Jul 052015

To snap myself out of the current ennui that has swamped me, I’ve a few ideas for a crowdfunded project. I’m interested in what people think of them, the first two are Australian focused while the others are more international.

All five of them revolve around the changing global economy and its effects upon societies, communities and individuals.

These are the ideas and I’d be delighted to hear some thoughts on them.

True Australian stories

Australia is in a time of transition. The upcoming Federal election may well determine the nation’s development over the next half century.

The idea of this project is to get out into the regions and suburbs which aren’t being covered – if not outright ignored – by the mainstream media and talk to the communities, people and businesses about how their worlds are changing and what they are doing to deal with it.

Re-inventing Australia

After a quarter century of continuous growth Australia has to make decisions on where its economy goes next. Successive governments have identified resources, agriculture, tourism, finance and education as the ‘five pillars’ of the economy.

This project talks to the people trying to make Australia’s five pillars work along with looking at those trying to build alternatives.

The future workforce

How does the global future workforce look? Will we be all contractors for Uber or Upwork or are there other models developing around the world.

What does the next phase of the industrial revolution look like for workers in both the developed and emerging economies? This idea is inspired Sebastião Salgado’s work.

The Second City project

Every major city has a less prosperous neighbour – Sydney and Newcastle, Melbourne and Geelong, London and Birmingham, Beijing and Qingdao, San Francisco and Oakland are examples.

How are those second cities faring in a global economy that’s increasing the wealth of the rich? What are the leaders of those communities doing to reposition themselves.

The next Silicon Valleys

While we’re focused on today’s global centres like California’s Bay Area, London and Shanghai there are other emerging industrial centres that will be the next generation’s Silicon Valleys. Who are they and what do they look like?

I’d be delighted to hear readers’ thoughts on these projects and any other ideas for similar ventures.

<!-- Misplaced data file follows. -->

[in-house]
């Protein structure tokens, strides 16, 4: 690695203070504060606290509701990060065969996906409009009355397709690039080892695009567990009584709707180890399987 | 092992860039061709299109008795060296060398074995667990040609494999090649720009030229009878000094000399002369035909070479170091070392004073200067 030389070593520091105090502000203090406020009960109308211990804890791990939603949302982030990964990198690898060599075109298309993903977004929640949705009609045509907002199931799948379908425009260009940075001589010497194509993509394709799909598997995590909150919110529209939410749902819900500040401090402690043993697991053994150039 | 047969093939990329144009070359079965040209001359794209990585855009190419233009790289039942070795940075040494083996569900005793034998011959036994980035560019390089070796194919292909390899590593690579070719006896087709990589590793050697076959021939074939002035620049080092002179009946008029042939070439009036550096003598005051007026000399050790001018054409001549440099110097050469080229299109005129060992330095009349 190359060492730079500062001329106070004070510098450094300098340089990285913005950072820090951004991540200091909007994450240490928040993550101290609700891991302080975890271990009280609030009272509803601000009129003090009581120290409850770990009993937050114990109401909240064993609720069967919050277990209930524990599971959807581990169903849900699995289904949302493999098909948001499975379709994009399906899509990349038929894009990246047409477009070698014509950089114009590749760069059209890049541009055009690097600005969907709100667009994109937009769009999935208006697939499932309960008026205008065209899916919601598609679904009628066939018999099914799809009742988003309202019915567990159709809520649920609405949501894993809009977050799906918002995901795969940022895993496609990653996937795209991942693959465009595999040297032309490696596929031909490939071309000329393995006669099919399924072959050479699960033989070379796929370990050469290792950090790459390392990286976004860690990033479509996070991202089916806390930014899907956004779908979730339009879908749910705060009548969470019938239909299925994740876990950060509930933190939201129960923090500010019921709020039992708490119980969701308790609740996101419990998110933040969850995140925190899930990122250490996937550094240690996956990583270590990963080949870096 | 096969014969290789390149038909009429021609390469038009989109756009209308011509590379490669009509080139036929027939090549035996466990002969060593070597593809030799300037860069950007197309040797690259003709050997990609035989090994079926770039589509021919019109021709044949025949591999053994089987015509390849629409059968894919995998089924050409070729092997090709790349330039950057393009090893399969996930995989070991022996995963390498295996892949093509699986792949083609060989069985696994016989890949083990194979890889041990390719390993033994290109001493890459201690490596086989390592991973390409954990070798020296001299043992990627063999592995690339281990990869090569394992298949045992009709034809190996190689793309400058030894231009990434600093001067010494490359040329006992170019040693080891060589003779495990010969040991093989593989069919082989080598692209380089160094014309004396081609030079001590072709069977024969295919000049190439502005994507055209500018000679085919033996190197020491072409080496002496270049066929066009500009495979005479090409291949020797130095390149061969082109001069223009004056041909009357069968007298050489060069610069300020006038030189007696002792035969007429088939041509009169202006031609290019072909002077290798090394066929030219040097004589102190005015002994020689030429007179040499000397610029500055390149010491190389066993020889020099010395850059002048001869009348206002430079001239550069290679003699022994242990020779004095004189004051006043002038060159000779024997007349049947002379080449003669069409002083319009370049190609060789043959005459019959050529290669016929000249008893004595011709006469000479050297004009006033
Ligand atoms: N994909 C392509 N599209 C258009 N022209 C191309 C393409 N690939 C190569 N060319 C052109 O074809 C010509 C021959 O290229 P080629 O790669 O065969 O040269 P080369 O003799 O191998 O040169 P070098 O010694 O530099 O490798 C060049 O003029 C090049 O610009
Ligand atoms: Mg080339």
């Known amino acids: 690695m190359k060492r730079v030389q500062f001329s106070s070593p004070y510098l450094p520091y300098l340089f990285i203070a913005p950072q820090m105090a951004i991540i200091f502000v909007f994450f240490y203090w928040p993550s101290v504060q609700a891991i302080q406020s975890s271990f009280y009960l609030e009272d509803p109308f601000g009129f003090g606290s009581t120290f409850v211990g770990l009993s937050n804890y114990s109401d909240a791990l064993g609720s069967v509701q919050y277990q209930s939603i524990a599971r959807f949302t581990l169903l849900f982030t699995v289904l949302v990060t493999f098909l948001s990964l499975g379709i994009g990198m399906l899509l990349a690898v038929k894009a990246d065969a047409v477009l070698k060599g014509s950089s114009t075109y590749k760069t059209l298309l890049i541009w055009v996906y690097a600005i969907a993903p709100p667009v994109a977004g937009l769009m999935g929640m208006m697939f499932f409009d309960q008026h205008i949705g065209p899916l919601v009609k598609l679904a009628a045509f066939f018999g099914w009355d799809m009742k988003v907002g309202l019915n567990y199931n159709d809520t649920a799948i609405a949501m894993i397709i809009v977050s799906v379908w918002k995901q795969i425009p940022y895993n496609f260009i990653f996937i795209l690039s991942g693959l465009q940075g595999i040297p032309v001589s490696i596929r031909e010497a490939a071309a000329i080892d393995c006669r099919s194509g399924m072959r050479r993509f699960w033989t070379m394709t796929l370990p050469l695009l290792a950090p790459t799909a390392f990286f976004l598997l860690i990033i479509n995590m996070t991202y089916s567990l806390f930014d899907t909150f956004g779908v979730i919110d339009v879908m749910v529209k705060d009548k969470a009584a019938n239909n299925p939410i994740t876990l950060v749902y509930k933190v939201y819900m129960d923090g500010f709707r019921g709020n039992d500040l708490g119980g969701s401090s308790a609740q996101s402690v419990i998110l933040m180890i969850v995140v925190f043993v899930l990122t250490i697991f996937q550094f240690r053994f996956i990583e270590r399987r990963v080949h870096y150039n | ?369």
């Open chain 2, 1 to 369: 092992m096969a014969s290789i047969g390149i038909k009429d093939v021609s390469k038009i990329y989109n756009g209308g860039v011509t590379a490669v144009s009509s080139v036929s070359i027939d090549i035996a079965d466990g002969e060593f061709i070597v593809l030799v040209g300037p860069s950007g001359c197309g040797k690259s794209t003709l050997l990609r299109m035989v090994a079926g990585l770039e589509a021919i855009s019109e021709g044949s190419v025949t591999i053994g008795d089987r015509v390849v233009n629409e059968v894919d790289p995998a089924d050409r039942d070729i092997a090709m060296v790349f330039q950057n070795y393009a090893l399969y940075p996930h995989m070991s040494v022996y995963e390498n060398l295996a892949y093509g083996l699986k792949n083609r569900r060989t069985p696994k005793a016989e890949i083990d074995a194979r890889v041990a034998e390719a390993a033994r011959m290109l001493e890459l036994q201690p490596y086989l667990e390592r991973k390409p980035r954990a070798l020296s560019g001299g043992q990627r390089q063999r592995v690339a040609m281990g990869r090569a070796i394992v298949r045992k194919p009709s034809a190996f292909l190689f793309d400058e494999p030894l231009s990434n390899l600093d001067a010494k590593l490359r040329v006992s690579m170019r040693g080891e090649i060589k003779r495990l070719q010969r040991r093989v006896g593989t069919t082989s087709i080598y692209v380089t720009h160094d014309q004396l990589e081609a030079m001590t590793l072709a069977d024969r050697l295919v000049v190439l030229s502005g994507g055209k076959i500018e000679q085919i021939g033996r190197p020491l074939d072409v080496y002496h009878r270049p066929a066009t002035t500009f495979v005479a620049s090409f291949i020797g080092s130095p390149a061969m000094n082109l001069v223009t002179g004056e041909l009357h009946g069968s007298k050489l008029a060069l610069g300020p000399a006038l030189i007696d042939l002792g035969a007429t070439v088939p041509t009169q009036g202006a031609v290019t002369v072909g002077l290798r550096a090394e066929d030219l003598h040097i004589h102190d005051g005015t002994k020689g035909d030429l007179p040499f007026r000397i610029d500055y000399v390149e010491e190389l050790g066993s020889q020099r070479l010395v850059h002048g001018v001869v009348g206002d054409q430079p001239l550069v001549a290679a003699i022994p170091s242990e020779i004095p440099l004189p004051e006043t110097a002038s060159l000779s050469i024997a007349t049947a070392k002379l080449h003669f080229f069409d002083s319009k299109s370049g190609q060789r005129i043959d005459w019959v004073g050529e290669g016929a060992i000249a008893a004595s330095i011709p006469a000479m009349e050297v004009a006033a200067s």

Jun 122015

Earlier this week Apple announced a range of new services at its annual World Wide Developers Conference ranging from Music to News.

The reports were bad news for companies like Spotify and Flipboard with some reports claiming Apple could destroy $1.8 billion of investors funds.

History though suggests otherwise, industry giants like Microsoft and Google have failed in the past to crush smaller competitors when they’ve entered a market despite the minnows expecting to be crushed.

The reason for this is the smaller company is often more focused on the problem at hand while for the larger organisation the revenue at stake is tiny. For a big organisation to properly execute on a project it has to have the support, if not being actively driven, by senior management.

So it may turn out those startups are not as greatly at risk as first appears. Certainly the reviews of Apple Music haven’t been good.

Jun 022015
Customers moving online presents challenges to hotels, cafes and restaurants.

Urbanspoon was one of the original restaurant review sites and it was a good resource for figuring out was good in an unfamiliar neighborhood.

Over time it fell behind and became irrelevant as other sites took over and it was neglected by its owners.

Now it’s been taken over and will be shut down by Indian startup Zomato.

The hospitality industry is tough and complex, something that’s not getting easier as keen young startups from unexpected places are entering the market.

May 232015

Uber and other car services are claiming US disability laws don’t apply to them The Daily Beast reports.

It’s hard to think of how Uber can do more to alienate the community with the service pushing legal boundaries in many cities, avoiding taxes and trying to skirt employment laws.

The danger for all the new wave of companies in their trying to dodge laws is they are inviting restrictive legislation, particularly if they’ve alienated the community and electorate.

It may well be time for companies like Uber, SideCar and Lyft to start showing a bit of humility and tact. Hubris and arrogance may come back to haunt them.

May 032015

The sudden and unexpected passing of Survey Monkey CEO David Goldberg at age 47 yesterday is a genuine shock.

Last year we interviewed David for Decoding The New Economy and found him to be a gracious and intelligent interviewee – a genuinely nice guy who wasn’t fazed by me constantly confusing Survey Monkey with Mailchimp.

With the passing of David the tech industry has lost one of the smart, good guys. Condolences to the his loved ones.

Apr 262015

Security experts have hacked a teleoperated surgical robot Security experts hack medical robot.

In a recently published paper, a group of academics showed how they had been able to change the instruction sequences, override commands or even take full control of the Raven II medical robot.

That such a lack of security isn’t in the least bit surprising is a sad commentary on the world of connected devices and the Internet of Things.

At the root of this problem is the software running this equipment has security added, at best, as an afterthought given the designers work from the assumption operators are in the room with the equipment,

If we’re going to connect these devices to the public internet then security has to be built into them from the beginning.

Whether we’re discussing remote medical equipment, driverless cars or the smart home, hardening and securing IoT devices is going to be of today’s industrial challenges.